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Some DPD Officers Say Unfair Discipline, Stress Partly Behind Slower Response

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DALLAS (CBSDFW.COM) - The head of the Dallas Police Association tells CBS 11 News that longer 911 response times can be blamed in part by officers being mentally beaten down.

"The bottom line is response times are up, violent crime is up, and officers are fed up," said Ron Pinkston, president of the Dallas Police Association.

Many of the 3,000 officers he represents are moving slower because of concerns over safety and fears about violating department policies, Pinkston said.

"The motivation is a little lacking," he said.  "I think it's just the fear of doing the right thing and that they are going to get disciplined for doing that."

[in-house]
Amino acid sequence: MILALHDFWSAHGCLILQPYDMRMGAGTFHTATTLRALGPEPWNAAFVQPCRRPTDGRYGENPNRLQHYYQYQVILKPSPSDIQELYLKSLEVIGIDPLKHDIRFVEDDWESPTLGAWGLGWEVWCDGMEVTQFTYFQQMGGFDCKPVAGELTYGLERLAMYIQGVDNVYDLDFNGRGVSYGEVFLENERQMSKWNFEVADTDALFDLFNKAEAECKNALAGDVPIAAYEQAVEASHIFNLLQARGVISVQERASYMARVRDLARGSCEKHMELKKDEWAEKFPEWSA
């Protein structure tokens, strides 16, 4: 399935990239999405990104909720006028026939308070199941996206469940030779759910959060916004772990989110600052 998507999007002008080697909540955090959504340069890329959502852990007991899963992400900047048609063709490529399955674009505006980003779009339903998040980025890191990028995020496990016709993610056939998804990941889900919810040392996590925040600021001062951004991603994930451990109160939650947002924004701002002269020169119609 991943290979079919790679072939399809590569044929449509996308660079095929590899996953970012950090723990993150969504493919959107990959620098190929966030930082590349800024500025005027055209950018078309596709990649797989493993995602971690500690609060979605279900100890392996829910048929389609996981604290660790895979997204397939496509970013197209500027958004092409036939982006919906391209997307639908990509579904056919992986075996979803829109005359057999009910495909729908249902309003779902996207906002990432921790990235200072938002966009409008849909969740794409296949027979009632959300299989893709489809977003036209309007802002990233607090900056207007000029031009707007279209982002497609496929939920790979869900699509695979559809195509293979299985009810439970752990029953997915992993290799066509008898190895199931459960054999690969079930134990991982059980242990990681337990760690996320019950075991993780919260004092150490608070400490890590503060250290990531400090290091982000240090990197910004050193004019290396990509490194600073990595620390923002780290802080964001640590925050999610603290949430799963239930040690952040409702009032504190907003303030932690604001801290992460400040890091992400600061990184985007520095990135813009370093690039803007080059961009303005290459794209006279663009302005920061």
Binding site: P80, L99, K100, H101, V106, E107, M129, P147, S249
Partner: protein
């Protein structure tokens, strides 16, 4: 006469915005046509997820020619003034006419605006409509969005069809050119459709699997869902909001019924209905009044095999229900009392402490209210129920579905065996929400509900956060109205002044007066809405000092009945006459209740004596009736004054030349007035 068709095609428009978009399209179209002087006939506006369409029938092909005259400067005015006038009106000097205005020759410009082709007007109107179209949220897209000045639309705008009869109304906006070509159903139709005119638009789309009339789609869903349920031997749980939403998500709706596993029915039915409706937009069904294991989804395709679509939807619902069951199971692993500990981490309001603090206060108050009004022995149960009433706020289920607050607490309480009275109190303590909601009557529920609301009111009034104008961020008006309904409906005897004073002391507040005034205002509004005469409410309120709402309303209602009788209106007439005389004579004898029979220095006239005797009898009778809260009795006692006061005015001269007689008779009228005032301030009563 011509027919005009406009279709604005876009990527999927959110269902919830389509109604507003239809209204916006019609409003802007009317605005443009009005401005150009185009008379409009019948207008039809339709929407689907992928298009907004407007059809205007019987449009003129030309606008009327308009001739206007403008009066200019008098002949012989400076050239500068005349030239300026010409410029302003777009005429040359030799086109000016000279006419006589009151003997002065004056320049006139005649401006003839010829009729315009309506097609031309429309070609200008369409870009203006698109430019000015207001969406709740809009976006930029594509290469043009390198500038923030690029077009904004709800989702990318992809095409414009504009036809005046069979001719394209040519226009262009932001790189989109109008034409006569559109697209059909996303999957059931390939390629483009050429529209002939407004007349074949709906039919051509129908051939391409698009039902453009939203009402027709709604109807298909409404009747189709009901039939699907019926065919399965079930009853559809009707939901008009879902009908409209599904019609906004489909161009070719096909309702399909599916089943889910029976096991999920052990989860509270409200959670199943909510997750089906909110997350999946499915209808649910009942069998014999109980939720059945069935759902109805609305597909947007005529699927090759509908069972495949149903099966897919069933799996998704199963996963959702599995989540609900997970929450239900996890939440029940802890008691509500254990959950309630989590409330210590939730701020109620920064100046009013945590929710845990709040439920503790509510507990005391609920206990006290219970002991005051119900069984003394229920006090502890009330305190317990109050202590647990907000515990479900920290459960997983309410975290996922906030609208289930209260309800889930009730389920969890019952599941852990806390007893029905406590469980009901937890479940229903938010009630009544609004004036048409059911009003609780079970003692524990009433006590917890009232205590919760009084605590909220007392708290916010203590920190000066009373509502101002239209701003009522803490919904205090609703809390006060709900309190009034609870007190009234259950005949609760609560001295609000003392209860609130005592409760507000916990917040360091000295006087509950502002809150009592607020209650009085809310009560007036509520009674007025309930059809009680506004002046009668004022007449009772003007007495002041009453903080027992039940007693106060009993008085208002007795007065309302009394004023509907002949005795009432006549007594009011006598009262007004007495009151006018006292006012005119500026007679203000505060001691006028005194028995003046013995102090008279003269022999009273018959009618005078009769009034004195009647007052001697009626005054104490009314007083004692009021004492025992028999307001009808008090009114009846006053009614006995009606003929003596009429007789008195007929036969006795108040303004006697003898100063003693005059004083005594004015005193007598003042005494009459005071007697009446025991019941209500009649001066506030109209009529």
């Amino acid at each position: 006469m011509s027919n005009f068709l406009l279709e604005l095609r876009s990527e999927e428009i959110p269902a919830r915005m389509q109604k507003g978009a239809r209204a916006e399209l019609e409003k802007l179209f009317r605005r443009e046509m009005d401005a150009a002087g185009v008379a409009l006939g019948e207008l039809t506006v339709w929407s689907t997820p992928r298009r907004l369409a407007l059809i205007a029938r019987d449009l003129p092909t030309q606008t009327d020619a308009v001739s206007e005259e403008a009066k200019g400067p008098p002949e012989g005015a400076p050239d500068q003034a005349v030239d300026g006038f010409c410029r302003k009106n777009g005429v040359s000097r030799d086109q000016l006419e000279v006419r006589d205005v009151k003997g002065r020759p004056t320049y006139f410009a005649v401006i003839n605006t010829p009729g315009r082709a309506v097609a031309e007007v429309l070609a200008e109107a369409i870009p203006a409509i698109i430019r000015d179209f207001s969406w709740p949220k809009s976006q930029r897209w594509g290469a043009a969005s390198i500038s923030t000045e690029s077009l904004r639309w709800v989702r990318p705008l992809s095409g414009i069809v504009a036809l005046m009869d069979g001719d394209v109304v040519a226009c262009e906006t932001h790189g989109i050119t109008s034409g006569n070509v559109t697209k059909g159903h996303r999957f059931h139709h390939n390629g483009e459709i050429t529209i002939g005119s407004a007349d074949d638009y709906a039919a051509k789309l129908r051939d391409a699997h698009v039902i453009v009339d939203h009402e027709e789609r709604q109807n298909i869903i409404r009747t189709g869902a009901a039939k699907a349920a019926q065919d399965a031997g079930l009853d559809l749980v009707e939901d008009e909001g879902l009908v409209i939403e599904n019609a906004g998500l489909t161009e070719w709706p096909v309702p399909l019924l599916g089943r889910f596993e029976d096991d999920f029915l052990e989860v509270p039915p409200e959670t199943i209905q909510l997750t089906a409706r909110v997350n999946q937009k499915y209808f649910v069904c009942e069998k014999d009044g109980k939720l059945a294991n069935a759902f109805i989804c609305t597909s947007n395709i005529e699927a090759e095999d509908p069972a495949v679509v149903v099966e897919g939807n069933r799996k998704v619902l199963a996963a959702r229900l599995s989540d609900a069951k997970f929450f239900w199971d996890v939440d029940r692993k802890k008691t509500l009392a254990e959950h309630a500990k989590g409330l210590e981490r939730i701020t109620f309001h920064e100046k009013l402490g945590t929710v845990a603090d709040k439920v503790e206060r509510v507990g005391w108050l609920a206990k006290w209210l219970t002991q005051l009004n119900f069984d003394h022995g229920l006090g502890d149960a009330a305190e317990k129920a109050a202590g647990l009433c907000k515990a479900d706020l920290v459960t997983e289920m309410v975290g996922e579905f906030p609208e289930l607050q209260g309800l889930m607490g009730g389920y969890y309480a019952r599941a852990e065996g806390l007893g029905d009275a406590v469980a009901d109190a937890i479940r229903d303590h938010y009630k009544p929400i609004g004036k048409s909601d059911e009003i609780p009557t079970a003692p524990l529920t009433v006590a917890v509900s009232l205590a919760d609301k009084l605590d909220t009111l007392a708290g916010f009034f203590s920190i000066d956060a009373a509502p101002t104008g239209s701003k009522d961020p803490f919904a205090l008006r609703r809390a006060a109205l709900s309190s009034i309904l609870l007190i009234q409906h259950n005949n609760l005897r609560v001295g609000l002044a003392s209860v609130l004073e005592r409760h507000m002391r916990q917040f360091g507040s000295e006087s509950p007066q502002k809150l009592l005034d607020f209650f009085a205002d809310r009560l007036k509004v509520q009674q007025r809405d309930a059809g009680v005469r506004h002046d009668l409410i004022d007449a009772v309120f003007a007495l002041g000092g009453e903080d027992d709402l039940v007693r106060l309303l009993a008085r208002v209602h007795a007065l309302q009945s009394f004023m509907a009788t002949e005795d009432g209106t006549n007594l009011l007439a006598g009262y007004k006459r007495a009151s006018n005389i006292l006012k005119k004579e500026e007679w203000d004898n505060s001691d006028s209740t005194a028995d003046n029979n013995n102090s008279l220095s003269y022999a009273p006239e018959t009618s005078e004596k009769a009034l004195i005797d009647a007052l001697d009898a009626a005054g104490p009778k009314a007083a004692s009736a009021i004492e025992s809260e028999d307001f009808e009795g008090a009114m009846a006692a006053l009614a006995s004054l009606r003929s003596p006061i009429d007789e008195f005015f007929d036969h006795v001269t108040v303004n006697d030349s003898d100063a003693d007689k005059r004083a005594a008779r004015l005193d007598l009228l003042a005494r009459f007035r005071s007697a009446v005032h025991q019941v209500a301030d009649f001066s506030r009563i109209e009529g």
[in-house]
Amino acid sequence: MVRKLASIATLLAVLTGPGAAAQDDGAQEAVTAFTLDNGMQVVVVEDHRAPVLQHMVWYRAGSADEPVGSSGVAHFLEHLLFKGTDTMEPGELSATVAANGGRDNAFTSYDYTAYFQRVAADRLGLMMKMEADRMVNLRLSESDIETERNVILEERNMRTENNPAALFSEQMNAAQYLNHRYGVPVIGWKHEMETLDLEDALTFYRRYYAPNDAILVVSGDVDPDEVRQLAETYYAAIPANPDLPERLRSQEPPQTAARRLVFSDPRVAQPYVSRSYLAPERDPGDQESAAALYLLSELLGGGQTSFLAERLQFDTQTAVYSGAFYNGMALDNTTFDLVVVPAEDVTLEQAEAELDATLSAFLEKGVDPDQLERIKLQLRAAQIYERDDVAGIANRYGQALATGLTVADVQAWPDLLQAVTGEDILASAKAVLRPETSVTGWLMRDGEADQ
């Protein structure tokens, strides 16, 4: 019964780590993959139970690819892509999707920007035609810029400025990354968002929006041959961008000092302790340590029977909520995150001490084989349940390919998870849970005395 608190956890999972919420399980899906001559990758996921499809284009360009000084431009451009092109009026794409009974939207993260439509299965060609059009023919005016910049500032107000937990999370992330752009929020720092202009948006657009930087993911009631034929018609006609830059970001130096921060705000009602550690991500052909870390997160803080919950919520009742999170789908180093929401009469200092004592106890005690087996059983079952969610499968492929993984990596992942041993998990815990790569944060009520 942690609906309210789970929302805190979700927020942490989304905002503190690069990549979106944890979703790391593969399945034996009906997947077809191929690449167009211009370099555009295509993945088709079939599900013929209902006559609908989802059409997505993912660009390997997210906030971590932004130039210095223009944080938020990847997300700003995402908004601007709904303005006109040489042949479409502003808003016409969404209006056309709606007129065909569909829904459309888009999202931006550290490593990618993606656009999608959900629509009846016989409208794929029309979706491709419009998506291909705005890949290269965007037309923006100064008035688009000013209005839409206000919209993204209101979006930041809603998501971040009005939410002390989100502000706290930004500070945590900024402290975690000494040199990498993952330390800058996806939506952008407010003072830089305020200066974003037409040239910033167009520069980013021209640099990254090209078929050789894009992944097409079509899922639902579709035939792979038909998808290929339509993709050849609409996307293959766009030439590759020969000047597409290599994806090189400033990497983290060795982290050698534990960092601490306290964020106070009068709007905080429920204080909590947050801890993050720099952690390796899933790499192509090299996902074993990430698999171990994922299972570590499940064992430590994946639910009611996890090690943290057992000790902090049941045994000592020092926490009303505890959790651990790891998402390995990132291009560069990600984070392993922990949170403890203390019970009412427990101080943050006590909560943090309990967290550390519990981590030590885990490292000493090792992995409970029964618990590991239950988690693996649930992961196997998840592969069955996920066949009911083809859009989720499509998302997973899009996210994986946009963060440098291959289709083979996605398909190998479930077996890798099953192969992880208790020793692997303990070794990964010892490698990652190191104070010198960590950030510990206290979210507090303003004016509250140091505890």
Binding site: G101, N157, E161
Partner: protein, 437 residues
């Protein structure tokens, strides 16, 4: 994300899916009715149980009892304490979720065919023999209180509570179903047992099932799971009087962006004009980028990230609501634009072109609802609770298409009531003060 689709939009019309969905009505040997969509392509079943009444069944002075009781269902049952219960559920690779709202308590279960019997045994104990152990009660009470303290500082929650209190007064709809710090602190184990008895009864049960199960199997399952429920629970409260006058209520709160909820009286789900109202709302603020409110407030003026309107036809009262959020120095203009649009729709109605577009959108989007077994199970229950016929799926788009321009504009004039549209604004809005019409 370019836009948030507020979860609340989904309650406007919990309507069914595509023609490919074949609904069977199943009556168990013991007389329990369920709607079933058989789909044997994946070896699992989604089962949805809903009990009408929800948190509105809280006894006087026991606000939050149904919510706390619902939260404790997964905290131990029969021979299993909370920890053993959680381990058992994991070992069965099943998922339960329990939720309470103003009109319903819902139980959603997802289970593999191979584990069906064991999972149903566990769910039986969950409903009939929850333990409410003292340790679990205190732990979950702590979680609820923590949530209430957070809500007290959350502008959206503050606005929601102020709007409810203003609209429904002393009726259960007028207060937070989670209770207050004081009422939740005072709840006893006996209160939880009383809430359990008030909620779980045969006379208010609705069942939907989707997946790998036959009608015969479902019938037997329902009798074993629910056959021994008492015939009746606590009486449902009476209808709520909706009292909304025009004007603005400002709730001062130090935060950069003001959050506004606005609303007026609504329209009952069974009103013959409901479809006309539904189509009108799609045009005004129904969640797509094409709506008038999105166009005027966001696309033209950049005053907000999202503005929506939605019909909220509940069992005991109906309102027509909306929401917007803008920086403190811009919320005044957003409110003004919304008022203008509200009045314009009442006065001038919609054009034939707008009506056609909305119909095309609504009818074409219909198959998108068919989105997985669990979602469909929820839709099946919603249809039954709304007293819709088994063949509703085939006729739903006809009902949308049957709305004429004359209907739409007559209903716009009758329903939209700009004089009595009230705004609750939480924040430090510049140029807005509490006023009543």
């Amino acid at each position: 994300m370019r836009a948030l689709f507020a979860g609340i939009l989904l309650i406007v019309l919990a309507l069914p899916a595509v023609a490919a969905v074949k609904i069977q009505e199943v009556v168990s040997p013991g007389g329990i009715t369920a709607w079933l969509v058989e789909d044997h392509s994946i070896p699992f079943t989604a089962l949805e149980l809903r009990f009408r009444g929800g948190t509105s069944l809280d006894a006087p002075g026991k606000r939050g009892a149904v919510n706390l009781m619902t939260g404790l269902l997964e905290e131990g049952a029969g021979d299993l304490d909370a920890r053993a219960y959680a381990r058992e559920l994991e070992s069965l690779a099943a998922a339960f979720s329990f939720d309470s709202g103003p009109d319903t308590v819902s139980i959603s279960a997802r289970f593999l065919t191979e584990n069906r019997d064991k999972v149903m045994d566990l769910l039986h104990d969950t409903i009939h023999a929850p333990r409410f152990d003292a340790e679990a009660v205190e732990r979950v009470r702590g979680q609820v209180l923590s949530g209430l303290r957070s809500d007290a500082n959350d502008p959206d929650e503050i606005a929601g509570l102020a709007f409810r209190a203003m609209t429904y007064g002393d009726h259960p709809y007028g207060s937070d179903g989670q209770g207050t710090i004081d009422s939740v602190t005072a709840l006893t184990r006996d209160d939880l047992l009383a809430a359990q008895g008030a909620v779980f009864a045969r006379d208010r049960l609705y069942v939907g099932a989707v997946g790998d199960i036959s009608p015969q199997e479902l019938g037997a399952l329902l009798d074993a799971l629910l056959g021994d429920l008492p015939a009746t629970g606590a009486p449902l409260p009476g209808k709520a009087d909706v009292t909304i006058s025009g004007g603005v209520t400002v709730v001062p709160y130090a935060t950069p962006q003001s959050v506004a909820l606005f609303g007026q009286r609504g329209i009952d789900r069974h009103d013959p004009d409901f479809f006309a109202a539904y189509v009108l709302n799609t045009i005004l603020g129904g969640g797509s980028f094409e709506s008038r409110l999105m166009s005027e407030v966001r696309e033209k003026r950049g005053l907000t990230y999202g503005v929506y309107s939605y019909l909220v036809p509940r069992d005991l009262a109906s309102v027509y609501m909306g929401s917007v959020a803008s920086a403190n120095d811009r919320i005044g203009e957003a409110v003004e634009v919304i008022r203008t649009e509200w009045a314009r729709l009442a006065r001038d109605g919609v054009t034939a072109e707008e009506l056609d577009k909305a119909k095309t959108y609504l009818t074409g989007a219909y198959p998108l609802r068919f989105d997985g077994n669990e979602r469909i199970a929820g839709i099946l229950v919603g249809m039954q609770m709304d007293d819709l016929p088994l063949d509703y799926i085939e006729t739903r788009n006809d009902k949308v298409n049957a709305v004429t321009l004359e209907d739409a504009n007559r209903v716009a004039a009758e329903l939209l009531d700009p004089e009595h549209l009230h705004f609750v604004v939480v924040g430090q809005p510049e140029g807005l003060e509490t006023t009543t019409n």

Pinkston said officers are too often being reprimanded for the way they drive during high speed chases or for the difficult decisions they have to make when using deadly force.

"The only way we are going to get this response times to turn around is get a different management style or get a different manager," Pinkston said.

Dallas Police Chief Brown told city council members Monday that new training requirements are responsible for the slower response to priority one calls - now at eight minutes and 13 seconds - the highest in at least three years.

Priority two calls take more than 22 minutes despite a city goal of 12 minutes.

Pinkston said Monday's promotion of more high-ranking officers takes more patrol men and women off the street and leaves those out there feeling vulnerable.

"When they see criminal suspects that look suspicious, they are not going to engage those suspects from fear that nobody's going to support them," Pinkston said.

(©2015 CBS Local Media, a division of CBS Radio Inc. All Rights Reserved. This material may not be published, broadcast, rewritten, or redistributed.)

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